This way they transfer the decision as to which securities are bought or sold to the asset managers of Commerzbank.
At first glance, it does not seem very difficult to put together an “American-style securities depository” for American nationals abroad.
“The legislation allows us a significantly limited securities business (exclusively in individual shares and German federal securities) with American citizens resident outside the United States,” said the Deutsche Bank.
By contrast, in 2011 Deutsche Bank was forced to inform private customers resident in the United States that they would no longer be able to do any securities business with them. The Commerzbank also lacks the necessary representatives of its own in the United States.
American banks in particular have benefited of these circumstances because many customers have transferred their money directly to America to an American bank after the cessation of deposits at major German banks.
In contrast, Swiss UBS has since founded UBS Swiss Financial Advisers AG, which has a license in Switzerland and with the SEC in America. This enables UBS to serve customers with a US background, including those domiciled in the United States.
The German banks cannot keep up. This is not a serious matter from Kohl’s point of view. For the typical Commerzbank customer is a German entrepreneur working in the United States or an American professor during a guest semester in Germany.
“We can offer these clients asset management according to American standards,” says Kohl. “Funds, warrants, and certificates are taboo for Americans in this asset management. Individual titles, on the other hand, are generally unproblematic,” confirms Kohl.
This applies in particular to shares. “Bonds that are not approved by the Securities and Exchange Commission in the United States cannot be acquired by a “US person” in Germany because of the corresponding ban”, explains Kohl.
Why then do big German banks not let those who make their own investment decisions among their securities customers sign a commitment that they manage their custody account according to these rules?
Then, customers could continue to decide for themselves which securities they want to buy and sell. Why don’t the banks introduce a ban on the fund purchase?
“Too complex with 1.5 million deposit customers,” Kohl puts off. The danger would be too great that, if the account manager was on vacation, their replacement might still be making the purchase for the certificate or fund, which Americans are not allowed. Conveniently, asset management is also better business for the bank in times of increasing bureaucracy.
In 2013 Commerzbank began to separate the securities business for Americans with their own profile within asset management.
At the end of July, it managed assets worth 1340 million euros for international clients, including 298 million euros according to American standards.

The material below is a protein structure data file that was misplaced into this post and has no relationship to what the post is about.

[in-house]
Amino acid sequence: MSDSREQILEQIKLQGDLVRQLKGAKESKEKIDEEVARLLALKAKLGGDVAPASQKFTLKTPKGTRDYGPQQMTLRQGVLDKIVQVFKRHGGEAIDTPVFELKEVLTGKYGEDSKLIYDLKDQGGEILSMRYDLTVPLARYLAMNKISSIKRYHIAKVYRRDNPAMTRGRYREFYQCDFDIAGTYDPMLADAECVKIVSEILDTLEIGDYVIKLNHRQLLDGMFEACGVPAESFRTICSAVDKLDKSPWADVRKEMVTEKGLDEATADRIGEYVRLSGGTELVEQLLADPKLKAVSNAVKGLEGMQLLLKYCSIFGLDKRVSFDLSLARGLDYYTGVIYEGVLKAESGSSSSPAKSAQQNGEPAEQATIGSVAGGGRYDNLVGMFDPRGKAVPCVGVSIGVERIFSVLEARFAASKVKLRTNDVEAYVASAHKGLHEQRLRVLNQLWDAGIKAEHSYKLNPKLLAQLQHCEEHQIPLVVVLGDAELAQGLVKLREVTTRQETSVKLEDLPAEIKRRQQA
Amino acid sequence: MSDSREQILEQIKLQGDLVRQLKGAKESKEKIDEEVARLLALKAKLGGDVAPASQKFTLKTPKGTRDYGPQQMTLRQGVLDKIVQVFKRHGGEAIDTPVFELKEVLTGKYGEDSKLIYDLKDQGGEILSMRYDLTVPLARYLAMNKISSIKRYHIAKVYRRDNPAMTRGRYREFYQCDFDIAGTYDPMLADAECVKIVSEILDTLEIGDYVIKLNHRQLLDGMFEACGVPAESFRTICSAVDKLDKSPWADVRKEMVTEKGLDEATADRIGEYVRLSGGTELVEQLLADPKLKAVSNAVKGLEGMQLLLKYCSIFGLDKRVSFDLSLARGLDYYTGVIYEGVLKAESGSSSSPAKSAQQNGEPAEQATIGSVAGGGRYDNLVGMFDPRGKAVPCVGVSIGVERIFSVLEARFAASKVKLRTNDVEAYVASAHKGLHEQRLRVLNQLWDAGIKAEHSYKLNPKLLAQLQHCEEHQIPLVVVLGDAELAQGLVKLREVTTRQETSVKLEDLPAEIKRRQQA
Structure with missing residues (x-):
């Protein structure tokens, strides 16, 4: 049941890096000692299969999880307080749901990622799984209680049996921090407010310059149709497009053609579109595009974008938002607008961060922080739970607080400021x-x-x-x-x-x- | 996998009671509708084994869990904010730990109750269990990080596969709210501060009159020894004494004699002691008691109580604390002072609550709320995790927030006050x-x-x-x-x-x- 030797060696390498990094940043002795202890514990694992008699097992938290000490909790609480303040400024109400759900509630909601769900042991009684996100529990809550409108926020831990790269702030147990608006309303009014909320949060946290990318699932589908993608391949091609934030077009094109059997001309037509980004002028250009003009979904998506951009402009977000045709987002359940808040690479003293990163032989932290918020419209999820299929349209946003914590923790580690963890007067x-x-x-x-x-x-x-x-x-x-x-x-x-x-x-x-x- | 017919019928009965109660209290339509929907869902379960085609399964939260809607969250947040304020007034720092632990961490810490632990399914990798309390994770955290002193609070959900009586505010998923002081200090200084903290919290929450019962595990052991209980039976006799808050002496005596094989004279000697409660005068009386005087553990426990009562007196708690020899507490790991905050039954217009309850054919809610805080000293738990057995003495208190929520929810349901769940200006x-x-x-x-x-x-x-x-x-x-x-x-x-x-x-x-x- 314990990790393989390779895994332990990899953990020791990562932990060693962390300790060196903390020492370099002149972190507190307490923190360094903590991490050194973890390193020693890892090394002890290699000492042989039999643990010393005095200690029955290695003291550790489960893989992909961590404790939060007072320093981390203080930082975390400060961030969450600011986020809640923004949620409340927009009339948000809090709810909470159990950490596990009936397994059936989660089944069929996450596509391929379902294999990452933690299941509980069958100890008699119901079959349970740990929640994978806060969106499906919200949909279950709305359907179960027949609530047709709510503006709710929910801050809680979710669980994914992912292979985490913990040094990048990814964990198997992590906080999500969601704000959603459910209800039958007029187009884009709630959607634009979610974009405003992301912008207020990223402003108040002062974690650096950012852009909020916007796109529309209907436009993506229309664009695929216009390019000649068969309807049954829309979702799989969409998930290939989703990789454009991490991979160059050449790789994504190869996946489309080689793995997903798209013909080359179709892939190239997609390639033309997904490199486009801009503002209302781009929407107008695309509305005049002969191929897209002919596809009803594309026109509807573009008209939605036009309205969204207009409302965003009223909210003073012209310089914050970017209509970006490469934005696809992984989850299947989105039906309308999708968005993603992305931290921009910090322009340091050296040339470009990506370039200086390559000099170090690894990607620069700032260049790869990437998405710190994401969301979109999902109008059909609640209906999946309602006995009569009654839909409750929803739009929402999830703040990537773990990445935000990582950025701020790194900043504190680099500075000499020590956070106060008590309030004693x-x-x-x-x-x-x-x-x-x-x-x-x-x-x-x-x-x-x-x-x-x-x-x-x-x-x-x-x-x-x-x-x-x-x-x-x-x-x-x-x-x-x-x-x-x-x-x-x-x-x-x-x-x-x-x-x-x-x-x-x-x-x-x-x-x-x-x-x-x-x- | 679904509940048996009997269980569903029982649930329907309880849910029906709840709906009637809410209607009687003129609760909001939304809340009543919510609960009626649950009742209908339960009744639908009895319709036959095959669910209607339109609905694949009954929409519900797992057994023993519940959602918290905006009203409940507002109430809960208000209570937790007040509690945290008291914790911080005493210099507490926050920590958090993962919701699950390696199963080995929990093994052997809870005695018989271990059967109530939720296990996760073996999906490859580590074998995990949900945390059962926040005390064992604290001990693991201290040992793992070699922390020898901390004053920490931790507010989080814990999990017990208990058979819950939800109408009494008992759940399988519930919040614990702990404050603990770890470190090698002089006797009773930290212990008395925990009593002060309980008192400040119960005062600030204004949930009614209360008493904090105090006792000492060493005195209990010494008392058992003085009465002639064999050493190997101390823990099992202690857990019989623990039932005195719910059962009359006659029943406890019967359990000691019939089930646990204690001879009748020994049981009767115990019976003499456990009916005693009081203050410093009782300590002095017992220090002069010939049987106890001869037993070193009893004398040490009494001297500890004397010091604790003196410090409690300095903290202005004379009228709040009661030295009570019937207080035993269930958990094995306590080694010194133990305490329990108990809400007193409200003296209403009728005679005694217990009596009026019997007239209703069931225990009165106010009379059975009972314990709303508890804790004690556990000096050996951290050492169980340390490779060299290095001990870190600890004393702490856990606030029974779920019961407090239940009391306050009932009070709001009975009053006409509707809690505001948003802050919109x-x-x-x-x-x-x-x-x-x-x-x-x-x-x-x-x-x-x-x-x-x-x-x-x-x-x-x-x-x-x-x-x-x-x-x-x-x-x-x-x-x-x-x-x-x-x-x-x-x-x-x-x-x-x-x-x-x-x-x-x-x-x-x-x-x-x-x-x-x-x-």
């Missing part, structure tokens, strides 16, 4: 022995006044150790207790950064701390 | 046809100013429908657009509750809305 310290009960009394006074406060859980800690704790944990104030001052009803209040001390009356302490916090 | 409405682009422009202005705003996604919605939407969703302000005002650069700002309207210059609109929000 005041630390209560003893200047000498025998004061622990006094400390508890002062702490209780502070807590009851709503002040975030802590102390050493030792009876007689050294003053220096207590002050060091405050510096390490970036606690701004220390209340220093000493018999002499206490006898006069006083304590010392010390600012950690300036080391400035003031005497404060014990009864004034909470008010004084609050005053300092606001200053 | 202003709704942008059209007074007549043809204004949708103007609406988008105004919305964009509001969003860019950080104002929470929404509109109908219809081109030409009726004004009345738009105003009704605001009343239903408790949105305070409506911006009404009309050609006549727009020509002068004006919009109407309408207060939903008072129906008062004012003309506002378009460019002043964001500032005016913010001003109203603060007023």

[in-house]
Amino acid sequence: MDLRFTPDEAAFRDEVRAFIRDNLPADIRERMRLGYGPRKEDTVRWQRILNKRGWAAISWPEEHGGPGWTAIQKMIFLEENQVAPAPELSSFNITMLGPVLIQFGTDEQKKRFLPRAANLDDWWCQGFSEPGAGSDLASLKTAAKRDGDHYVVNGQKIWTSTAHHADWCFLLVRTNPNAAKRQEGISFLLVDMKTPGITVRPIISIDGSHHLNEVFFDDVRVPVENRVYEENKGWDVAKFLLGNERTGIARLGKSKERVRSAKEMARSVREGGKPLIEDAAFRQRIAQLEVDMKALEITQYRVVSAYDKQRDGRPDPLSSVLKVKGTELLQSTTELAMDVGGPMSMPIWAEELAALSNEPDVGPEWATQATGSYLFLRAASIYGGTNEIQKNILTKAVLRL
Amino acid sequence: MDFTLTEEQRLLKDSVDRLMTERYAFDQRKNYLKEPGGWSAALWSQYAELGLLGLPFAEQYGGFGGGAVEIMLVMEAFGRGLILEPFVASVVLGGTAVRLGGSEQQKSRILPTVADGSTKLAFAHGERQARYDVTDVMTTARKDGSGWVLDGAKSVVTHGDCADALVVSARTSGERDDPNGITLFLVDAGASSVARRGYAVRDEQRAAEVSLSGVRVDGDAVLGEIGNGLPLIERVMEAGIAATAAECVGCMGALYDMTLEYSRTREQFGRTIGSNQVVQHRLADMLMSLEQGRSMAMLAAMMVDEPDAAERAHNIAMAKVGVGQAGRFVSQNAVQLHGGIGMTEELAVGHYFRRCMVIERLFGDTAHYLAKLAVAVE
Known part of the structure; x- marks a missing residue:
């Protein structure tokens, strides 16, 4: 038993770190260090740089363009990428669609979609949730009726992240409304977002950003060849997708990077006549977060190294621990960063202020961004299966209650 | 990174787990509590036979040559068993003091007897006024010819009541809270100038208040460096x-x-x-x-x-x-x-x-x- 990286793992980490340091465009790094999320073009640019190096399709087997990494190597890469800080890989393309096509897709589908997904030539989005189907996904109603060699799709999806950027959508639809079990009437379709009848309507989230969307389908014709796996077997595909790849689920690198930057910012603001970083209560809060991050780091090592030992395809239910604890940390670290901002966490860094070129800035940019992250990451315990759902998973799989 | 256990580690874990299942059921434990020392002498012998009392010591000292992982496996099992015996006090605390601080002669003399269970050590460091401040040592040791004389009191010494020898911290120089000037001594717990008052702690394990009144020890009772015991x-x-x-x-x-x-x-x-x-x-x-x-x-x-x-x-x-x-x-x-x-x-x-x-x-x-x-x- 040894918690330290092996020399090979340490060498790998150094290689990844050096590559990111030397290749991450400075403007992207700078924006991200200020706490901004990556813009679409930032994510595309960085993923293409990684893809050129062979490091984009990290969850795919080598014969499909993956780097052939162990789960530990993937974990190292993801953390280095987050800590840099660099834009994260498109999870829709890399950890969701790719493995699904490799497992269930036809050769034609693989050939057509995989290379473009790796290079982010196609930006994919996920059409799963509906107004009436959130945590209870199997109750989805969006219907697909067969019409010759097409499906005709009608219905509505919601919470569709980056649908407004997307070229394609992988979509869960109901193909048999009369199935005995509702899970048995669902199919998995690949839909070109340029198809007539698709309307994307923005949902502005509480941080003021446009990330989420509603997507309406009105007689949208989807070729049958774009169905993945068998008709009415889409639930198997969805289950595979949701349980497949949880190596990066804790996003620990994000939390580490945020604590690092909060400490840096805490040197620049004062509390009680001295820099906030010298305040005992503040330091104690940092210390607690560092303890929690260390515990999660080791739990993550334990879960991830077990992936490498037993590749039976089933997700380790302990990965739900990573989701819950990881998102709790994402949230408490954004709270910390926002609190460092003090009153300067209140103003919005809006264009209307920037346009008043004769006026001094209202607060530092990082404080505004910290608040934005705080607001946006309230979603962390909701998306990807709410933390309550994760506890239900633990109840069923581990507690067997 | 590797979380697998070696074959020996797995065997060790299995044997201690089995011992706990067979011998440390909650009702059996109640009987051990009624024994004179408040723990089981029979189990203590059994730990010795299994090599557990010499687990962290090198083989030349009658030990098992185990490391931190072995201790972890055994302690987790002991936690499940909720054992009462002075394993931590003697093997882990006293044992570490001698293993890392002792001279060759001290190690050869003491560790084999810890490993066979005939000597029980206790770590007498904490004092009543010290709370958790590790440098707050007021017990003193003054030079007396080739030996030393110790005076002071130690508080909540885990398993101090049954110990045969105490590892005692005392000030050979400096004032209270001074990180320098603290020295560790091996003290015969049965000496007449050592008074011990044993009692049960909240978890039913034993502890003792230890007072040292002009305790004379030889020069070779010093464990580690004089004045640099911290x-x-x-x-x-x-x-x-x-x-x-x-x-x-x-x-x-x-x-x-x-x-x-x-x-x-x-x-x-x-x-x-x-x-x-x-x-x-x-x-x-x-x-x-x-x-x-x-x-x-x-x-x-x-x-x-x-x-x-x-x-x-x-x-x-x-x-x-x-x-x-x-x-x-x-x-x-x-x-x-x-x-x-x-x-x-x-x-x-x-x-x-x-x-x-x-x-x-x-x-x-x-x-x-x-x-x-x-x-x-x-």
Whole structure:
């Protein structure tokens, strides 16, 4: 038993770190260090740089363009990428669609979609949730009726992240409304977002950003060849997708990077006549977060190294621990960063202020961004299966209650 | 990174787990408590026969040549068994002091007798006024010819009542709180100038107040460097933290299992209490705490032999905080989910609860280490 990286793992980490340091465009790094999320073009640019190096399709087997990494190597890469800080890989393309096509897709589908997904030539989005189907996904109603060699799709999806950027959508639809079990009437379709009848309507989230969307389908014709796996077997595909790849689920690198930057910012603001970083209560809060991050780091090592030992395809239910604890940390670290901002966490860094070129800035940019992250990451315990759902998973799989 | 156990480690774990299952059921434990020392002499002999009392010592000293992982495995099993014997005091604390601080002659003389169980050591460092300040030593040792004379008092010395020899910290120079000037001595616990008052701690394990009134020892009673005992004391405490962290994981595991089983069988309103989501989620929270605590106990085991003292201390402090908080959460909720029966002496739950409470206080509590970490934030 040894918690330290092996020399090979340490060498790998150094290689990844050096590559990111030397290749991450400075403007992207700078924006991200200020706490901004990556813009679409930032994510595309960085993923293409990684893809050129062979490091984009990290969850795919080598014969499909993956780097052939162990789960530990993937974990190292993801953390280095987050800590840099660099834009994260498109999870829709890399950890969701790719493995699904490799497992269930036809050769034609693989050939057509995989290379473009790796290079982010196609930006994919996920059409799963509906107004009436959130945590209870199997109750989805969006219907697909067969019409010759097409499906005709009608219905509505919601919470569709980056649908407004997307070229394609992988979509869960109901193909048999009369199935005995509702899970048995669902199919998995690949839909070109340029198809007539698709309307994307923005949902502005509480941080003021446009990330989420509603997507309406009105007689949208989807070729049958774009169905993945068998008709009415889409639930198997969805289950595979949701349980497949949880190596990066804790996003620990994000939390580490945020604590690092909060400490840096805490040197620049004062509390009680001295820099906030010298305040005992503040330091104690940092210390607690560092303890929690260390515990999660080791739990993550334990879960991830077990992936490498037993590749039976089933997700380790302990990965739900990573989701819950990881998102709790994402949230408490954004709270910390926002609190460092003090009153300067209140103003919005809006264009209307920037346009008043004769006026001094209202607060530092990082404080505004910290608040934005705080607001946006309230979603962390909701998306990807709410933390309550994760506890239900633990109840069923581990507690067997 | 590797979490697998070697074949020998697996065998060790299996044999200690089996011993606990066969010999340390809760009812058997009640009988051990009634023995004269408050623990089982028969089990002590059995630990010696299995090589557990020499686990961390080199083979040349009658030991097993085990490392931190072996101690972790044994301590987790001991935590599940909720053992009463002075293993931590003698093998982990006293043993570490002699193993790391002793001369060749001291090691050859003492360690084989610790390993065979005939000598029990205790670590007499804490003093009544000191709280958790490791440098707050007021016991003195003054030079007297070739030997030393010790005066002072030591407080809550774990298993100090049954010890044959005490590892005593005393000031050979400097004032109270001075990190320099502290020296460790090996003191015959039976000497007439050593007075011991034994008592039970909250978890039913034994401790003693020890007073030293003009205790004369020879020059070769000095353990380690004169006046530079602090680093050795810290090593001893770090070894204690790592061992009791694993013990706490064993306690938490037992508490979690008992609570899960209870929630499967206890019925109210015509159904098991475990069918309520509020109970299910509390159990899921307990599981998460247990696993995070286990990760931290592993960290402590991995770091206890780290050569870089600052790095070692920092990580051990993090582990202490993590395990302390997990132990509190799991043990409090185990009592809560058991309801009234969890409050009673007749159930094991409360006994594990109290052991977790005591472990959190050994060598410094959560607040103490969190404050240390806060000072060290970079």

Presumably, this amount will grow strongly towards the end of this year because Commerzbank has given its America-related customers the option of accepting asset management or terminating the custody account.
So that the latter does not happen, the bank offers these clients an option.
“For clients sent to America by their employer, we offer international asset management with individual securities in four risk classes instead of the usual amount from € 250,000 now from € 150,000,” he generously states his proposal.
We, the founders of Americans Overseas, were born in Europe and obtained our American nationality through our (American) mothers.
When we heard about this for the first time around 2013, we were in total disbelief (it can’t be true!), anger (how can they do this?), fear (am I going to get fines or pick up other problems?), and panic (what should I do?). It is (unfortunately) true that there is an additional American tax levy.
But there was no information from the national government, and when approached, the American Consulate referred us to the IRS, and the IRS was impenetrable.
That’s why we started this initiative to help people from all over the world by providing proper information to avoid unnecessary panic, and offering help free of obligation and free of charge. If needed, we have a network of affordable professionals (accountants) who can help you with your tax obligations.
If you have more questions about US tax and an American background you can contact us at Americans Overseas.
Source: Frankfurter Allgemeine Zeitung
Understanding the US tax system, the obligations, and all the additional terms can be difficult. Especially if one lives outside of America. Is your question not answered? Contact us.